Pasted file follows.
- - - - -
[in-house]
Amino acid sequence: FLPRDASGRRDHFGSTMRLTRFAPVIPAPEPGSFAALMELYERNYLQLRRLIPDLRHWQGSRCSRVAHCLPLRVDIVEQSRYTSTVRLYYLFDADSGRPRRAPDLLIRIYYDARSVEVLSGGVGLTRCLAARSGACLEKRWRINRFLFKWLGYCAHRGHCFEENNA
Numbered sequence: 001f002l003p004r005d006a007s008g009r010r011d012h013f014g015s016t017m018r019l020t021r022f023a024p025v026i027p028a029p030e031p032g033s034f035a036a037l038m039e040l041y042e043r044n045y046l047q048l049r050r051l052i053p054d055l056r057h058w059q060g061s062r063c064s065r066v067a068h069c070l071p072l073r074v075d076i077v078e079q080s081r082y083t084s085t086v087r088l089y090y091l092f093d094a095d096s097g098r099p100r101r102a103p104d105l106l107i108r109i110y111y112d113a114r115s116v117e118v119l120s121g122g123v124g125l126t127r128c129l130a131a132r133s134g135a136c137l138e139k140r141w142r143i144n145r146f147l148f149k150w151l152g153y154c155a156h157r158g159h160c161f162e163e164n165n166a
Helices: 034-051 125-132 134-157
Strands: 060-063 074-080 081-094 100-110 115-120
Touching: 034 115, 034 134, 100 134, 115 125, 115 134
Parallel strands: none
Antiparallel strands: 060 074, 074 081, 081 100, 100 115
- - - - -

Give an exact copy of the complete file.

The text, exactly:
[in-house]
Amino acid sequence: FLPRDASGRRDHFGSTMRLTRFAPVIPAPEPGSFAALMELYERNYLQLRRLIPDLRHWQGSRCSRVAHCLPLRVDIVEQSRYTSTVRLYYLFDADSGRPRRAPDLLIRIYYDARSVEVLSGGVGLTRCLAARSGACLEKRWRINRFLFKWLGYCAHRGHCFEENNA
Numbered sequence: 001f002l003p004r005d006a007s008g009r010r011d012h013f014g015s016t017m018r019l020t021r022f023a024p025v026i027p028a029p030e031p032g033s034f035a036a037l038m039e040l041y042e043r044n045y046l047q048l049r050r051l052i053p054d055l056r057h058w059q060g061s062r063c064s065r066v067a068h069c070l071p072l073r074v075d076i077v078e079q080s081r082y083t084s085t086v087r088l089y090y091l092f093d094a095d096s097g098r099p100r101r102a103p104d105l106l107i108r109i110y111y112d113a114r115s116v117e118v119l120s121g122g123v124g125l126t127r128c129l130a131a132r133s134g135a136c137l138e139k140r141w142r143i144n145r146f147l148f149k150w151l152g153y154c155a156h157r158g159h160c161f162e163e164n165n166a
Helices: 034-051 125-132 134-157
Strands: 060-063 074-080 081-094 100-110 115-120
Touching: 034 115, 034 134, 100 134, 115 125, 115 134
Parallel strands: none
Antiparallel strands: 060 074, 074 081, 081 100, 100 115